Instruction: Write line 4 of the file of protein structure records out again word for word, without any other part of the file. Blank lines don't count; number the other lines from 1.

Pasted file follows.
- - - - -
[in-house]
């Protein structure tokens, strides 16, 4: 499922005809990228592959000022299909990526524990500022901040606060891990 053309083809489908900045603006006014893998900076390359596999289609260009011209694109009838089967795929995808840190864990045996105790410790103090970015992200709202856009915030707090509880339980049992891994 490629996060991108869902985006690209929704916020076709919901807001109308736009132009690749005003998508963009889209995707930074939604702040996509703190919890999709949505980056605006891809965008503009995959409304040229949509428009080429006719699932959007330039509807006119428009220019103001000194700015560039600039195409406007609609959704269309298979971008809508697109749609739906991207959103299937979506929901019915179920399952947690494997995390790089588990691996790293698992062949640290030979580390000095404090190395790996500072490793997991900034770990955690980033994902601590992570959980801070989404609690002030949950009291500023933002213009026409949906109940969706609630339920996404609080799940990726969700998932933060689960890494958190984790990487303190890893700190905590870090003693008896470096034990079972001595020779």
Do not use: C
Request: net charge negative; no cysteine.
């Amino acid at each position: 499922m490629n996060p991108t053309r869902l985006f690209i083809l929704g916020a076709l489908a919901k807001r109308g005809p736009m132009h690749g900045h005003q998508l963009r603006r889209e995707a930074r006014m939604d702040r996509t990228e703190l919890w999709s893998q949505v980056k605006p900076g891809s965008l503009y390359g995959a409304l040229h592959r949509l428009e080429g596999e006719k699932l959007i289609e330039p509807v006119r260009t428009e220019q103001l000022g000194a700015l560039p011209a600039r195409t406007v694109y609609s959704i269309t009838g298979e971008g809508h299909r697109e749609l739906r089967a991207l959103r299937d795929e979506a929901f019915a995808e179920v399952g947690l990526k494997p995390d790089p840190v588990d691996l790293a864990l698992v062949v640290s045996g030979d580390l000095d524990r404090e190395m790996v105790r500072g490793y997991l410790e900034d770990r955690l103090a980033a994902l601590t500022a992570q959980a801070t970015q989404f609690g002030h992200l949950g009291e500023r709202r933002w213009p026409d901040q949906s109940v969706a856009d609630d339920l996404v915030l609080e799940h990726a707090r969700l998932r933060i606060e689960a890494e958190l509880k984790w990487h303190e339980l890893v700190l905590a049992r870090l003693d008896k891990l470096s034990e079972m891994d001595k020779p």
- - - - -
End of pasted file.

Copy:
Request: net charge negative; no cysteine.